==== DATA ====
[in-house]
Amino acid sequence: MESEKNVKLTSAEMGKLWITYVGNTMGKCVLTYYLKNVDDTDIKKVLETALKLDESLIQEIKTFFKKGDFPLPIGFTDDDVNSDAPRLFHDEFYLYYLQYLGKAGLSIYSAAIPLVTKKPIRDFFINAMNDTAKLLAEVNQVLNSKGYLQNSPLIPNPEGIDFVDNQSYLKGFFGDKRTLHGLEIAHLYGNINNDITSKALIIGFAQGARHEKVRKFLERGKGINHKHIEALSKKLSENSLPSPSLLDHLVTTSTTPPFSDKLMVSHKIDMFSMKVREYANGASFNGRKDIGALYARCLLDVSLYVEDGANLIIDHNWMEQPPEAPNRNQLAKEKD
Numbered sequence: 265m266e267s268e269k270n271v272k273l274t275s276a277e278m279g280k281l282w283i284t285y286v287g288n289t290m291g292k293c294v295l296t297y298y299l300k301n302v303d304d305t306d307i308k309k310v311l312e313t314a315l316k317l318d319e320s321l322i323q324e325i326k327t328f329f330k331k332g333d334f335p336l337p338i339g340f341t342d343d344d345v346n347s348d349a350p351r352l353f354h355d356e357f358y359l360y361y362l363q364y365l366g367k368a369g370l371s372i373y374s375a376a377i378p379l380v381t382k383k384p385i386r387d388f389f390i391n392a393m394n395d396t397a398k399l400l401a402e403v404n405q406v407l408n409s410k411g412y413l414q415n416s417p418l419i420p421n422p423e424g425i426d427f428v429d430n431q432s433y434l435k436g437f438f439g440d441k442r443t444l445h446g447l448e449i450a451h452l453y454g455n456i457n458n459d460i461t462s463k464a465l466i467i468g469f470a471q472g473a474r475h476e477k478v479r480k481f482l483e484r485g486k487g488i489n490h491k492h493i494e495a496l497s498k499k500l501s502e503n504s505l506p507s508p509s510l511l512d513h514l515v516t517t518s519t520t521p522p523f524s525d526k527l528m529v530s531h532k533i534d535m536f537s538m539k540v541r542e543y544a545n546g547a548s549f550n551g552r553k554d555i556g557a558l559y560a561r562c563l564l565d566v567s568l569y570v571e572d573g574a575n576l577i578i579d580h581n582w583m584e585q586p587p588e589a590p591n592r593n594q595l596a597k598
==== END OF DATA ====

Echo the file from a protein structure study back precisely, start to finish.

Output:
[in-house]
Amino acid sequence: MESEKNVKLTSAEMGKLWITYVGNTMGKCVLTYYLKNVDDTDIKKVLETALKLDESLIQEIKTFFKKGDFPLPIGFTDDDVNSDAPRLFHDEFYLYYLQYLGKAGLSIYSAAIPLVTKKPIRDFFINAMNDTAKLLAEVNQVLNSKGYLQNSPLIPNPEGIDFVDNQSYLKGFFGDKRTLHGLEIAHLYGNINNDITSKALIIGFAQGARHEKVRKFLERGKGINHKHIEALSKKLSENSLPSPSLLDHLVTTSTTPPFSDKLMVSHKIDMFSMKVREYANGASFNGRKDIGALYARCLLDVSLYVEDGANLIIDHNWMEQPPEAPNRNQLAKEKD
Numbered sequence: 265m266e267s268e269k270n271v272k273l274t275s276a277e278m279g280k281l282w283i284t285y286v287g288n289t290m291g292k293c294v295l296t297y298y299l300k301n302v303d304d305t306d307i308k309k310v311l312e313t314a315l316k317l318d319e320s321l322i323q324e325i326k327t328f329f330k331k332g333d334f335p336l337p338i339g340f341t342d343d344d345v346n347s348d349a350p351r352l353f354h355d356e357f358y359l360y361y362l363q364y365l366g367k368a369g370l371s372i373y374s375a376a377i378p379l380v381t382k383k384p385i386r387d388f389f390i391n392a393m394n395d396t397a398k399l400l401a402e403v404n405q406v407l408n409s410k411g412y413l414q415n416s417p418l419i420p421n422p423e424g425i426d427f428v429d430n431q432s433y434l435k436g437f438f439g440d441k442r443t444l445h446g447l448e449i450a451h452l453y454g455n456i457n458n459d460i461t462s463k464a465l466i467i468g469f470a471q472g473a474r475h476e477k478v479r480k481f482l483e484r485g486k487g488i489n490h491k492h493i494e495a496l497s498k499k500l501s502e503n504s505l506p507s508p509s510l511l512d513h514l515v516t517t518s519t520t521p522p523f524s525d526k527l528m529v530s531h532k533i534d535m536f537s538m539k540v541r542e543y544a545n546g547a548s549f550n551g552r553k554d555i556g557a558l559y560a561r562c563l564l565d566v567s568l569y570v571e572d573g574a575n576l577i578i579d580h581n582w583m584e585q586p587p588e589a590p591n592r593n594q595l596a597k598